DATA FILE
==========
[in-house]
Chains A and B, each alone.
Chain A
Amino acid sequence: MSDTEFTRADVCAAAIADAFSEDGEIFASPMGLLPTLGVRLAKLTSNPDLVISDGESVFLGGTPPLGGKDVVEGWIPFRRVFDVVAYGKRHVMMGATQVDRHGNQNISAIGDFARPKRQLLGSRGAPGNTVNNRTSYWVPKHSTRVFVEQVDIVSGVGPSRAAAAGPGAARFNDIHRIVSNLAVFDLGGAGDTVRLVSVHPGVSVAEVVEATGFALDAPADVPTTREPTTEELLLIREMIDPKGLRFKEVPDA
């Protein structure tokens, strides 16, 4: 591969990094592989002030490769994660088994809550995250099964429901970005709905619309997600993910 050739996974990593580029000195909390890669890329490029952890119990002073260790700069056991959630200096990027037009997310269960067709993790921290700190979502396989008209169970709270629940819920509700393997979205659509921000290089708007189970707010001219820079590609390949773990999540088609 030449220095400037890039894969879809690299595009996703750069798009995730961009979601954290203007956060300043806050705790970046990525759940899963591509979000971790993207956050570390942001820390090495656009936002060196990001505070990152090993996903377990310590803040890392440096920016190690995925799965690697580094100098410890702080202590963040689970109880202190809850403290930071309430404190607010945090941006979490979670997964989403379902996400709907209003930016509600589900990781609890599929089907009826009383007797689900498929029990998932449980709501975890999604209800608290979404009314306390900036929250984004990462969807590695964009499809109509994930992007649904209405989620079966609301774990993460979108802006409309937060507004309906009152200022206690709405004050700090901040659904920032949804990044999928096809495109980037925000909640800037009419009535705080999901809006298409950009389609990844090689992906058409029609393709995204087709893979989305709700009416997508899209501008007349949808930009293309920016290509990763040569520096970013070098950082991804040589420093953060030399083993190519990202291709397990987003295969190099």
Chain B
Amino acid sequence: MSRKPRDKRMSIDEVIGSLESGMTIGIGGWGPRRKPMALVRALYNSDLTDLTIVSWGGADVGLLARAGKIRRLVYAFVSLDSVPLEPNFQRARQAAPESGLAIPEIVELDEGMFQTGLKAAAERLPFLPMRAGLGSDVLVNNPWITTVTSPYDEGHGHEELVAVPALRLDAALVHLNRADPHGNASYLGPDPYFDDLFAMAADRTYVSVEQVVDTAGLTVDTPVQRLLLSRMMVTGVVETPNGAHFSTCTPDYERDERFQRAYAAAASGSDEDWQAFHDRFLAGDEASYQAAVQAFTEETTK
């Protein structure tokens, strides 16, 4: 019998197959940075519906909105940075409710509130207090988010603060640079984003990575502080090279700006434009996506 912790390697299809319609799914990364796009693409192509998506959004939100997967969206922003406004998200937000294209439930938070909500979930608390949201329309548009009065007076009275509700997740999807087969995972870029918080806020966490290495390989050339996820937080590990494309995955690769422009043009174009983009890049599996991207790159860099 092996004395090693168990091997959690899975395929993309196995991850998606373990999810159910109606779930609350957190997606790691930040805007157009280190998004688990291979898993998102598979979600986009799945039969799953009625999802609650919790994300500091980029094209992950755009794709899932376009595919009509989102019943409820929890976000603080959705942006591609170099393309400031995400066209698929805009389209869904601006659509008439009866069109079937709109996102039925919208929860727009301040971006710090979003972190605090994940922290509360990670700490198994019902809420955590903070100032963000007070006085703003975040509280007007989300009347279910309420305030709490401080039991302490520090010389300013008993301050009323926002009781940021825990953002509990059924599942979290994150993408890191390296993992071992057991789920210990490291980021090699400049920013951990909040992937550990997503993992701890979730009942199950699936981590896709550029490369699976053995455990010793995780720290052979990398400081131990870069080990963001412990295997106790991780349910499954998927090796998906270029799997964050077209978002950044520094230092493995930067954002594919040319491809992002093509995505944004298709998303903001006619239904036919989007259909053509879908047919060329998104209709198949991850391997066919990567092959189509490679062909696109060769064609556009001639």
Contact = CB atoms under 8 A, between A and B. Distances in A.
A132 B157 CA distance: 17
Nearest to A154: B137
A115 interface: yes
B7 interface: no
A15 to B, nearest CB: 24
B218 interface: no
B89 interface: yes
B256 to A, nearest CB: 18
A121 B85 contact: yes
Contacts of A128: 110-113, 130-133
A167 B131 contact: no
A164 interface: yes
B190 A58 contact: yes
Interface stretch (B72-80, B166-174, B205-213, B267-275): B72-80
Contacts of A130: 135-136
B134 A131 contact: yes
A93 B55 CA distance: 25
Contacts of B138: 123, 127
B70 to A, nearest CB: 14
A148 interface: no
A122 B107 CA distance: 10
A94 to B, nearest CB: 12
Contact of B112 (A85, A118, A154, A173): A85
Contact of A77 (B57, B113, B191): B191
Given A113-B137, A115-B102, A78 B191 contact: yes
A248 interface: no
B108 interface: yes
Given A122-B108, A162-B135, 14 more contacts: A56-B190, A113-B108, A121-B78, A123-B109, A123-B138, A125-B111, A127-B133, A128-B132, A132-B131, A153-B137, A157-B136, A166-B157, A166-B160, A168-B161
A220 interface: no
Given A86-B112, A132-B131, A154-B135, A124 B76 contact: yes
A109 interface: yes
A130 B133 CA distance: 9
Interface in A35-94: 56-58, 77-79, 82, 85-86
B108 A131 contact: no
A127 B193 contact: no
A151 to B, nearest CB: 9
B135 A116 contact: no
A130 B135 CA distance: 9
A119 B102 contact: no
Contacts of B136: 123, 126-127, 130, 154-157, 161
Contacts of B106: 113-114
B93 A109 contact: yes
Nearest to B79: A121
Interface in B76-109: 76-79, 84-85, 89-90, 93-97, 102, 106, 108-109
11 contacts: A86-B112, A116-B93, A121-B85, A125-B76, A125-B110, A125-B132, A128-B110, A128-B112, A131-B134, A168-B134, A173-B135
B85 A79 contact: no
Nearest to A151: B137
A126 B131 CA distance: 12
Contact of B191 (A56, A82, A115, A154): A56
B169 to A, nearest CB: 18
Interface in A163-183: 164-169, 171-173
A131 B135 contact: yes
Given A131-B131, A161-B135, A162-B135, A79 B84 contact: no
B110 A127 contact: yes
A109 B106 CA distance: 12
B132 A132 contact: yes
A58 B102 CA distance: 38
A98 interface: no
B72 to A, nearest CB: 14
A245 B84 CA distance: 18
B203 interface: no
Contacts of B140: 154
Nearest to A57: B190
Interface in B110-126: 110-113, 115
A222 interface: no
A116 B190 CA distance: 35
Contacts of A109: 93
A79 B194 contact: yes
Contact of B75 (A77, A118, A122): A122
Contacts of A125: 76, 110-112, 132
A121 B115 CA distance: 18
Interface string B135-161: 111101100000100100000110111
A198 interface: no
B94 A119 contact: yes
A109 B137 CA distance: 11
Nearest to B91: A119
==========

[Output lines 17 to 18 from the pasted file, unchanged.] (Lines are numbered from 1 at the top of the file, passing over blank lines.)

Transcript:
B256 to A, nearest CB: 18
A121 B85 contact: yes